In 2003, the world’s attention was focused on this epidemic of severe acute respiratory syndrome spreading throughout the globe. Earlier in the year, before the outbreak garnered widespread attention, the Hong Kong tourist board developed and released a series of ads with the most unfortunate tagline, “Hong Kong will take your breath away.”
By the time the ads were released, SARS was in full swing with over 100 people passing away due to the disease and over 3,000 cases diagnosed around the world. Shortness of breath is one of the main symptoms of SARS, and the disease started in China before spreading to the rest of the world through Hong Kong. The tourist board tried to remove the ads during the outbreak, but it was too late.
3. United Way Charity Balloons Destroy Cleveland
The United Way decided to set the world record for the largest bloom of balloons ever released by filling 1.5 million balloons with helium and releasing them in Cleveland. The swarm floated along pleasantly, dazzling onlookers, before a storm arrived, pushing the 1.5 million balloons prematurely down to earth.
Soon, Cleveland’s air space was littered with clouds of balloons, resulting in the death of two people when the Coast Guard was unable to fly a rescue mission, made even worse due to waters filled with bobbing balloons that made it difficult to locate the victims.
Instead of a creating a fundraising opportunity, the United Way created death and millions of dollars in lawsuits for the city, as well as an environmental disaster.
2. Malaysia Air Bucket List Contest
The terrible fates of Malaysia Air Flight 370, AirAsia Flight QZ8501 and Malaysia Air Flight 17 led to a total of 986 passengers and crew losing their lives during 2014, a significant rise from the 265 airline deaths suffered in 2013.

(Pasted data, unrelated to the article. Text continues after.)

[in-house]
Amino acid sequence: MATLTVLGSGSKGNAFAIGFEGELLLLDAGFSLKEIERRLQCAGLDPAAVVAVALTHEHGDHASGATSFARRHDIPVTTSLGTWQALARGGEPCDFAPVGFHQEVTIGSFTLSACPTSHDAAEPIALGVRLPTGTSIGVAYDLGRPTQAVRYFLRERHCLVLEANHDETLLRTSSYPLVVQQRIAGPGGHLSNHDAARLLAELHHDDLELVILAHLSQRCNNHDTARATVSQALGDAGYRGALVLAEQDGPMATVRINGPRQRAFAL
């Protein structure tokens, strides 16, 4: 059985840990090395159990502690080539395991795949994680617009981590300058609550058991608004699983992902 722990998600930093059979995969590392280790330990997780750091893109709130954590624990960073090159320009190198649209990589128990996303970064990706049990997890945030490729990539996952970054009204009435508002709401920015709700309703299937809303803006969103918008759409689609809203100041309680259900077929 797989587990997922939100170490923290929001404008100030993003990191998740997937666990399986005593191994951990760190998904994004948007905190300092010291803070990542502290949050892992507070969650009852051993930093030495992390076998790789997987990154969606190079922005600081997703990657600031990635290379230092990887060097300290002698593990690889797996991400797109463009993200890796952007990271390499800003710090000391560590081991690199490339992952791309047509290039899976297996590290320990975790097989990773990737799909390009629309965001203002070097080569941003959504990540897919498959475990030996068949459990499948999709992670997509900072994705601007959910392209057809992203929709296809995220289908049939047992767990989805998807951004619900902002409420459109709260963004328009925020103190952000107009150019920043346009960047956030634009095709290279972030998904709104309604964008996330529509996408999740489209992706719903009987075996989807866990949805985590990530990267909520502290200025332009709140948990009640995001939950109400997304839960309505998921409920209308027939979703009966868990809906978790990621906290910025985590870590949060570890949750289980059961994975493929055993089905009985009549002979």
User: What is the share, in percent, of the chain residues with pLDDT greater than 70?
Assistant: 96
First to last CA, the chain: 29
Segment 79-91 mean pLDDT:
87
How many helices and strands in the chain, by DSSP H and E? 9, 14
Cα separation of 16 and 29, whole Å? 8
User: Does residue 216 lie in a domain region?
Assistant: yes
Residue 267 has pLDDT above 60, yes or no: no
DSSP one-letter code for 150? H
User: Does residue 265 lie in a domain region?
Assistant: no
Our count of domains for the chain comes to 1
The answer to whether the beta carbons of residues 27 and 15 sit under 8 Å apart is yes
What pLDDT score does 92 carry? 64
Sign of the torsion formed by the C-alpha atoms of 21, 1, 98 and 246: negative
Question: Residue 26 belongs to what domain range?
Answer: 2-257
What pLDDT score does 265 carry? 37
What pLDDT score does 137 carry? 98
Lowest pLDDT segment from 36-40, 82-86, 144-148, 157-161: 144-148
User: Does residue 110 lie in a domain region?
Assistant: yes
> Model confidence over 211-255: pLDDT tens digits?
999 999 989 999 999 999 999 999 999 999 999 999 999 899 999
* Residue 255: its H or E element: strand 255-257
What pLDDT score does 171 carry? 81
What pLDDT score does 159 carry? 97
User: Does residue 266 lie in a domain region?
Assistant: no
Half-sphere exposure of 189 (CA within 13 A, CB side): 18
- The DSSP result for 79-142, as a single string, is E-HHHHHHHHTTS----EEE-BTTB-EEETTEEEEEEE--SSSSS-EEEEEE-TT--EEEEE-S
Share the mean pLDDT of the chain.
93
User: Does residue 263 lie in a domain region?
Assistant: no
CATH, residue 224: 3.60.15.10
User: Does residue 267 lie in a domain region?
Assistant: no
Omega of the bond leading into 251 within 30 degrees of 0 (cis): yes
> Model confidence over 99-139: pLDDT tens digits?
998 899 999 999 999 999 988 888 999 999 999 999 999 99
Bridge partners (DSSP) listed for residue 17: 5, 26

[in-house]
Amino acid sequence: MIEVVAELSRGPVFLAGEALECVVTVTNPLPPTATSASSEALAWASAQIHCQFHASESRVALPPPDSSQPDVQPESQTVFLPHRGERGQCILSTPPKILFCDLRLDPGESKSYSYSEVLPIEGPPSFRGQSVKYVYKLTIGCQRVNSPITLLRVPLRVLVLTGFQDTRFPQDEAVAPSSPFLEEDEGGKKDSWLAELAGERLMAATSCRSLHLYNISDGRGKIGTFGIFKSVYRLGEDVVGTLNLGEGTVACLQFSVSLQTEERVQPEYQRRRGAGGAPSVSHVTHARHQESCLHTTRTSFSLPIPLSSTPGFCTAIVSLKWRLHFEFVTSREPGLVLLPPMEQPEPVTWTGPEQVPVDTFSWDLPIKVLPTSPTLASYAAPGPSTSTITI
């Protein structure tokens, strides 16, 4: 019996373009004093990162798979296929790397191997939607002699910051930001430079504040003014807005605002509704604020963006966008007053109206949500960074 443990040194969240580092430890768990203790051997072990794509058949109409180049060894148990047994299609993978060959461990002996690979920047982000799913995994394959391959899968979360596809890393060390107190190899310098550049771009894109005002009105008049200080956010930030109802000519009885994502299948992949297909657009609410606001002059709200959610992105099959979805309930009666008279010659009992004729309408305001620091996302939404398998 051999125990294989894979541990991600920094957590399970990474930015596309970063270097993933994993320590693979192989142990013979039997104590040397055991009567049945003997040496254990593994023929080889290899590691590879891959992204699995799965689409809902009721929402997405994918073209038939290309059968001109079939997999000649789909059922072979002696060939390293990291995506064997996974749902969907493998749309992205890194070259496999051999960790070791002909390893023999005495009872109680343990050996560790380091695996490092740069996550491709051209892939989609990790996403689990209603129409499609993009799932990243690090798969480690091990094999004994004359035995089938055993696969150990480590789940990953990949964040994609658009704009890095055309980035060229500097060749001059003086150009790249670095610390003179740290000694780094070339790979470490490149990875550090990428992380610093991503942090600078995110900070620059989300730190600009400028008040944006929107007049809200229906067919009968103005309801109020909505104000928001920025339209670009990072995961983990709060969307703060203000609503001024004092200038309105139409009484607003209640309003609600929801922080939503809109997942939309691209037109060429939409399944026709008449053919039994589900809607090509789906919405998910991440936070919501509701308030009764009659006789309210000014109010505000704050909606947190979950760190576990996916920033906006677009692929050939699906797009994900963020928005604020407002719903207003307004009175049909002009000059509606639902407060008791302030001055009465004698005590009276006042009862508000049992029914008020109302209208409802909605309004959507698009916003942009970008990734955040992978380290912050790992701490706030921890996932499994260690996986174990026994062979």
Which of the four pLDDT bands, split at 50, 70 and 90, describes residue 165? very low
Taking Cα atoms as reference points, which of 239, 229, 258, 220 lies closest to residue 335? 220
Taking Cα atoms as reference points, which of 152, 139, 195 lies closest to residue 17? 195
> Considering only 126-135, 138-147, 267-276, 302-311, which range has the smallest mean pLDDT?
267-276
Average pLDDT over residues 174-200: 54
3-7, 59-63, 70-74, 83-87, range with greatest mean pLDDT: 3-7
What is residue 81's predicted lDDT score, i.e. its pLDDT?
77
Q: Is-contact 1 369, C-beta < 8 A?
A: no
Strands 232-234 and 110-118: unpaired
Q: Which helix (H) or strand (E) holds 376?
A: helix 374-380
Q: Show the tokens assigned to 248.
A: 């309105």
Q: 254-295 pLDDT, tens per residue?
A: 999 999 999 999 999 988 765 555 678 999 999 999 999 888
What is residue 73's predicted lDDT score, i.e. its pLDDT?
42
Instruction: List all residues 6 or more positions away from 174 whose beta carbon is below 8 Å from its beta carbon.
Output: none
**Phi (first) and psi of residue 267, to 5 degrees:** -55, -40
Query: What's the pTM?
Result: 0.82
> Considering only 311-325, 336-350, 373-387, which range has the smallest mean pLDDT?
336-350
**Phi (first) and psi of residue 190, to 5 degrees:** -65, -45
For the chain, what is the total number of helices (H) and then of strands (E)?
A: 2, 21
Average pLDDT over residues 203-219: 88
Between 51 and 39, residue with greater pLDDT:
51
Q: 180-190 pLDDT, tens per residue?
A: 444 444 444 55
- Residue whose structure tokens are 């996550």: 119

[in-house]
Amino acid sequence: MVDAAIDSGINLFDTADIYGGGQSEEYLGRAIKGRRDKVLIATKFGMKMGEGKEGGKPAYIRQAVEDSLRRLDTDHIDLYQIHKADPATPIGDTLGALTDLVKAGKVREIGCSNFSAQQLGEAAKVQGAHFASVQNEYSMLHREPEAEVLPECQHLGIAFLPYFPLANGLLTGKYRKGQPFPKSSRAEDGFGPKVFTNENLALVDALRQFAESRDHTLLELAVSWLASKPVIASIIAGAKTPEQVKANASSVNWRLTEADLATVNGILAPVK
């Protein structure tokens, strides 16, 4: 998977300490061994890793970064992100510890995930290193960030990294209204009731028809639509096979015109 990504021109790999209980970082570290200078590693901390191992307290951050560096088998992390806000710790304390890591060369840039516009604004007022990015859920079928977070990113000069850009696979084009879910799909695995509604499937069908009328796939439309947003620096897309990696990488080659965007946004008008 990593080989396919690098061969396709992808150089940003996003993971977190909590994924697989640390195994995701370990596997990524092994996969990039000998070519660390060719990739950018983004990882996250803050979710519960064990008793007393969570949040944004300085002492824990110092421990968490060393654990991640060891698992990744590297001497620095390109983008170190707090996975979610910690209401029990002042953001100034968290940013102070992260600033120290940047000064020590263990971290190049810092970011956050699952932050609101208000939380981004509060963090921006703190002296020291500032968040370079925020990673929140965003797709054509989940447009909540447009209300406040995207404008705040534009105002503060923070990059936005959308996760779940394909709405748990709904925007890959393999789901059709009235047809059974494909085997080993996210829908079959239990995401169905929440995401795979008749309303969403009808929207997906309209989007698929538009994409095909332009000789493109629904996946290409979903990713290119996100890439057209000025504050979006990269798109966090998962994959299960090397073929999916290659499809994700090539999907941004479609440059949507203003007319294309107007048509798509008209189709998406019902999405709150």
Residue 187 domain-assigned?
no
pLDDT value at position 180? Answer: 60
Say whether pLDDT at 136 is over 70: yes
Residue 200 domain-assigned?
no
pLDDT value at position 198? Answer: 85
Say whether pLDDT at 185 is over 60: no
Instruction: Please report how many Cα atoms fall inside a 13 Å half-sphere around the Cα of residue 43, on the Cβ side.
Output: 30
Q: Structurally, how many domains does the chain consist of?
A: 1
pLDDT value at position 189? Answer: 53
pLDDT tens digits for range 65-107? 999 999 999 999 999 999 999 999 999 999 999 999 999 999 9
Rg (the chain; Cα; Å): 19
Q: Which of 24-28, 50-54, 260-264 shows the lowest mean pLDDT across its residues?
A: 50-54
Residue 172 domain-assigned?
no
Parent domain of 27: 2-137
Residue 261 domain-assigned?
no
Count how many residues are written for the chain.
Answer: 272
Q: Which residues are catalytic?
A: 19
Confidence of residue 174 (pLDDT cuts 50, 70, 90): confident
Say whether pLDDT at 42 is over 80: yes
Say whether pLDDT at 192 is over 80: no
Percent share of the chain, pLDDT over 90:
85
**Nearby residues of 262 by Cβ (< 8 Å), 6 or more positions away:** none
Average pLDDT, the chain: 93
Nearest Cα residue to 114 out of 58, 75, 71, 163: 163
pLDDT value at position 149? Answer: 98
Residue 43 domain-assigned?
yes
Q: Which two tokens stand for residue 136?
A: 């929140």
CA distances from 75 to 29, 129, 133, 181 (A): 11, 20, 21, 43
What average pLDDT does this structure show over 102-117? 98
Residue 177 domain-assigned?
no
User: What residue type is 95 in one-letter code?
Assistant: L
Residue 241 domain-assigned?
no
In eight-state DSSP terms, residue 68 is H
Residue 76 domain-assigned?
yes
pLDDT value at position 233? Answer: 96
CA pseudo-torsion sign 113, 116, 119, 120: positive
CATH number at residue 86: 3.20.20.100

Somehow, a seemingly sociopathic marketer’s pitch, the idea of an “ultimate bucket list” contest, was accepted by an equally callous creative director. Both, apparently, thought it was a good idea to build a contest to win a flight on the notorious Malaysian airlines around the question, “what do you want to do with your life before you die?” At best, the campaign was completely tactless; at worst, it was an attempt to earn publicity from the deaths of 537 people aboard their jets.
After public backlash, the airline apologised and renamed the competition.
1. Ayds: The Weight Loss Candy
A marketing disaster decades in the making, Ayds was a popular weight-loss candy created and produced since the 1930s. The product was popular enough to draw huge celebrities at the time, including endorsements from Zsa Zsa Gabor.
However, after 40 years of success, Ayds had a problem: the rise of acquired immune deficiency syndrome. Despite the increasing concern surrounding the increasing devastation wrought by AIDS, the manufacturer refused to acknowledge the homonym, using tag lines such as “Ayds helps control your appetite”, “Ayds helped me get back into a size 6” and, even worse, “Why take diet pills when you can enjoy Ayds?”